As I watched the French foreign minister, and COP21 President, Laurent Fabius announce the global climate deal, I knew the future was being re-written. I have little doubt that the 12th of December 2015 will be remembered as the day the international community made some hard and serious decisions in favour of social justice and planetary health. Ban Ki-moon, UN Secretary General, spelled it out for us: ‘we have entered a new era of global cooperation as the world comes together under unprecedented circumstances’.
It was an historic day, and an emotional one, as those present shed tears and embraced following a lengthy two-week negotiation process. Fabius, struck the gavel to signal the adoption of the ambitious deal and the delegates rose to their feet cheering applauding for several minutes with a level of emotion and conviction not seen before in UN circles.
This reaction is not surprising given that the world has agreed to binding and ambitious targets that require cutting our dependence on the fossil fuels that create dangerous greenhouse gas emissions. The Paris deal provides a legally bidding framework to limit the rise in global temperatures to less than 2C by 2020 and commits all countries to work towards defined targets to limit the impacts of climate change to 1.5C. Underpinning the agreement are commitments to achieving a balance between sources and sinks of greenhouse gases in the second half of this century. An initial investment of $100 billion has been committed for developing countries to assist them in achieving the 2020 targets. Indeed, the detail in the deal gives confidence that this is no loosely framed document and that significant steps in the right direction are being taken – despite the agreement not being perfect.
One crucial question, that at times delayed progress, was on how the implementation of the agreement would be measured. It was here where I would have wanted tighter language around articles that are most relevant to China and India – the largest emergent economies and increasing consumers of fossil fuels. However, the commitment to monitor and verify emission cuts was made by all countries. Having witnessed the road to Paris, and engaged with the negotiations first hand, I believe that the 2015 deal sets the best and most realistic outcome we could have hoped for.
So what led to this historic agreement? Why now, why Paris? After all, this was COP21, why had Copenhagen’s COP 15 or Lima’s COP 20 not delivered? The perception is that recent events have inspired a sense of solidarity. 195 countries turned up at the negotiating table, meeting in a city that was deeply saddened and shaken by the terror attacks. Political leaders, lawyers and senior civil servants came ready to engage. In the background, strong and unprecedented leadership from the UN agencies, helped to bring boundaries and milestones to the negotiating table. Civil society representatives that were well armed with facts and figures supported these UN agencies. They reminded us of the rather bleak scenarios faced if our dependency on carbon was not tackled head-on. They shared life stories of those already being affected by climate change – the evidence was tangible. Investors and innovators also proved to be critical players as shared new ‘affordable’ technologies that could support the transition to a low carbon economy.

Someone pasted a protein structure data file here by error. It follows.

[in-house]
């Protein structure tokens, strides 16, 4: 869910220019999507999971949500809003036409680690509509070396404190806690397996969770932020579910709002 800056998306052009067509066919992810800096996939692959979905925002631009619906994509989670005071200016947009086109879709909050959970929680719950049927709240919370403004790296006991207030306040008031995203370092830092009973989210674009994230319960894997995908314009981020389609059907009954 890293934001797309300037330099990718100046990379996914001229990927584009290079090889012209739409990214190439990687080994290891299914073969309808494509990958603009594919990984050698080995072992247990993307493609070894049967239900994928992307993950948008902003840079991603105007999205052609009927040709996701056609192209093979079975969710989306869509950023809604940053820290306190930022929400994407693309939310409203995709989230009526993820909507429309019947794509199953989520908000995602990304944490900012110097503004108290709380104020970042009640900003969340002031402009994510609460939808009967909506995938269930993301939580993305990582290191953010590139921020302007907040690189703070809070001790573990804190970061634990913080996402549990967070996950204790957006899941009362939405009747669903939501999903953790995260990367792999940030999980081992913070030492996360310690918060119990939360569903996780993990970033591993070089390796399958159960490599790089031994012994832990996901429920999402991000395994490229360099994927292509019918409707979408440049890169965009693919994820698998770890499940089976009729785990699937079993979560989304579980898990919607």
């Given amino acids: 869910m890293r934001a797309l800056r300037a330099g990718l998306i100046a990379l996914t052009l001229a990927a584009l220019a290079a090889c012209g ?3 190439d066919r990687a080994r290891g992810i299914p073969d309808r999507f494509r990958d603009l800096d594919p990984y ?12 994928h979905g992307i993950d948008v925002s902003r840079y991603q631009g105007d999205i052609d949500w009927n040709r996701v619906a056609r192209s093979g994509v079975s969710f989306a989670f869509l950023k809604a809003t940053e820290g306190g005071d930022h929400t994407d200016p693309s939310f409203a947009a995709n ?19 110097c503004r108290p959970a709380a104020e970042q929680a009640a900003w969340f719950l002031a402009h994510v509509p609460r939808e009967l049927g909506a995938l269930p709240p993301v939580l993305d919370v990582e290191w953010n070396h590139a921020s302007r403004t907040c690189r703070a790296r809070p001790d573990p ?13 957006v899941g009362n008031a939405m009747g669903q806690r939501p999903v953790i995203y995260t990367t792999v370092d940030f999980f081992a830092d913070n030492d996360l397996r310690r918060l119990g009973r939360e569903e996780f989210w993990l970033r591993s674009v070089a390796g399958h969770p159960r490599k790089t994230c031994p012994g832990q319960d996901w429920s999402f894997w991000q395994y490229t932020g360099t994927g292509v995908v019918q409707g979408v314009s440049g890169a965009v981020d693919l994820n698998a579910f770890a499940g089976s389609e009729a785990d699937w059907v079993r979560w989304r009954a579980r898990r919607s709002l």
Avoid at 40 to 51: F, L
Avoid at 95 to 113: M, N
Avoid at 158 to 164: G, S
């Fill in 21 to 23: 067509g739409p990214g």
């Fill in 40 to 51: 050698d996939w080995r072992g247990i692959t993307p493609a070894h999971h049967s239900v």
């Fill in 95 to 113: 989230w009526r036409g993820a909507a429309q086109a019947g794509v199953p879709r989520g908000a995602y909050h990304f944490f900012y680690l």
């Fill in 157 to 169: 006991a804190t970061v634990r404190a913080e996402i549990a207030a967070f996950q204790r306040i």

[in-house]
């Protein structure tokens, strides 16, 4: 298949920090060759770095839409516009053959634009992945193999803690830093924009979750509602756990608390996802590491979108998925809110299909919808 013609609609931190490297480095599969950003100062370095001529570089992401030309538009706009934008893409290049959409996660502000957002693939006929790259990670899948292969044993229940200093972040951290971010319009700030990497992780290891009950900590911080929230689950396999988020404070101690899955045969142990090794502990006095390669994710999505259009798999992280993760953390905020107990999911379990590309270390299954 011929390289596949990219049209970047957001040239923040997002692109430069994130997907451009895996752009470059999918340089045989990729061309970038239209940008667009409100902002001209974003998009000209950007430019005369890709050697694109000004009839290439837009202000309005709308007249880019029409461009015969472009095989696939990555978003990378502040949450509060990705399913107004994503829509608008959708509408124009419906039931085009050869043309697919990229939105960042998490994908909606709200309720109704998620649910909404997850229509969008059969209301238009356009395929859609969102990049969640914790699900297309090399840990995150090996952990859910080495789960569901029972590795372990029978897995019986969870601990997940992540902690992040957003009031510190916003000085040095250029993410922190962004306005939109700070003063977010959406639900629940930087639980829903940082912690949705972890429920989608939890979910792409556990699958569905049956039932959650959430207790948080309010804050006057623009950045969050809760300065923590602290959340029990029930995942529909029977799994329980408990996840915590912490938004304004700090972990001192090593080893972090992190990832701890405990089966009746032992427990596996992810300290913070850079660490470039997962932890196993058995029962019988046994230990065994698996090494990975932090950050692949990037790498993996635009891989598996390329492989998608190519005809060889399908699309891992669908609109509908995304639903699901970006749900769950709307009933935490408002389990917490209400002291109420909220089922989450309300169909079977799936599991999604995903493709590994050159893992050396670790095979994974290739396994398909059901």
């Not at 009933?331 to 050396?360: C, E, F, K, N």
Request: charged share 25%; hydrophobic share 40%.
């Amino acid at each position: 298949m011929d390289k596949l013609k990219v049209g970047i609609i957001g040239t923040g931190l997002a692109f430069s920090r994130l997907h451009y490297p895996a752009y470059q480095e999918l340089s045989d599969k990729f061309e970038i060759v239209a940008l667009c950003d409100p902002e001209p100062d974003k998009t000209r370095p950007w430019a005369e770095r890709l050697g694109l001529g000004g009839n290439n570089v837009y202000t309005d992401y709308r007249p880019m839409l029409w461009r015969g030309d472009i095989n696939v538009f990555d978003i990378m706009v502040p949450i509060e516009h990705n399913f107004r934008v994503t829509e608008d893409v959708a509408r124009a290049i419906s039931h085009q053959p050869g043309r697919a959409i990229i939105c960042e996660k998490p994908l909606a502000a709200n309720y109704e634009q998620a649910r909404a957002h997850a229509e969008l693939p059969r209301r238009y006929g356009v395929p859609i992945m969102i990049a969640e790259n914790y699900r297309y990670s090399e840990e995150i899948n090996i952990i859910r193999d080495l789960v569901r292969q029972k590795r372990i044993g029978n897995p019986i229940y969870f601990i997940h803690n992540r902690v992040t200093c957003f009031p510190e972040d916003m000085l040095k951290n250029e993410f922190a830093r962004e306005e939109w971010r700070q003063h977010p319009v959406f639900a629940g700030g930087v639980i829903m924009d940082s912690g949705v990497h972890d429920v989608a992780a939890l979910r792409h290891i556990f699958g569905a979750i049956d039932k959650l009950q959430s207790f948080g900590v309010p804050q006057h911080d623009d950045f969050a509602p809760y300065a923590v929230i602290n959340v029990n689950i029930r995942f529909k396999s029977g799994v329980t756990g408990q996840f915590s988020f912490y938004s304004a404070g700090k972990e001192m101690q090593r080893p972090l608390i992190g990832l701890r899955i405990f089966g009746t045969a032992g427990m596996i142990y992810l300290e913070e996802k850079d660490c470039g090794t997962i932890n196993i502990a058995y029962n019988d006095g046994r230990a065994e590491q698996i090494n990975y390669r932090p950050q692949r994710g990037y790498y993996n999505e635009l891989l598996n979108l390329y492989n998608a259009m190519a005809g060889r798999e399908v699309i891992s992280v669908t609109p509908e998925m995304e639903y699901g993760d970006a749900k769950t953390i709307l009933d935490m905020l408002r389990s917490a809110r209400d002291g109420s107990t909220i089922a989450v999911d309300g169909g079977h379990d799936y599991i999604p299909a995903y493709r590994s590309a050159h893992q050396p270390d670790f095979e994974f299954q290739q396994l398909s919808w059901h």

As an official delegate, I was engaged in advising negotiators on specific articles associated with social change, capacity building and (higher) education. The quality of the questions at breakfast delegation meetings and depth of conversations over meals alerted me to the fact that Paris was different. It would not be like Copenhagen were a handful of countries objected (at the last minute) to a deal that had the approval of most of the world. The choice of language proved crucial but diplomats were not working to weaken the agreement but instead to make the framing more acceptable — using the word “shall” versus “should,” for example — made a significant difference.
I could never have imagined, at the start of the process, that the world would agree to work towards a 1.5 degree target – this ambitious goal overcame all odds in Paris to form part of the global action plan for a new future. The champion of the agreement was Christiana Figueres, the UNFCCC Executive Secretary, who brokered this irreversible transition to a low carbon economy. Seven billion people in 195 countries will be affected by this agreement that promises cleaner cities, safer environments and climate justice.
Prof Daniella Tilbury is the Vice-Chancellor of the University of Gibraltar. She participated in COP21 as an official UN delegate. Daniella facilitated an IUCN, UNESCO and UNFCCC event at the COP on the 10th December. Her role also involved supporting Gibraltar’s Chief Scientist, Dr Liesl Torres in highlighting, to the international community, how Gibraltar can be a leader in the formation and delivery of environmental governance.
This article first appeared in the Gibraltar Chronicle and is reproduced with kind permission.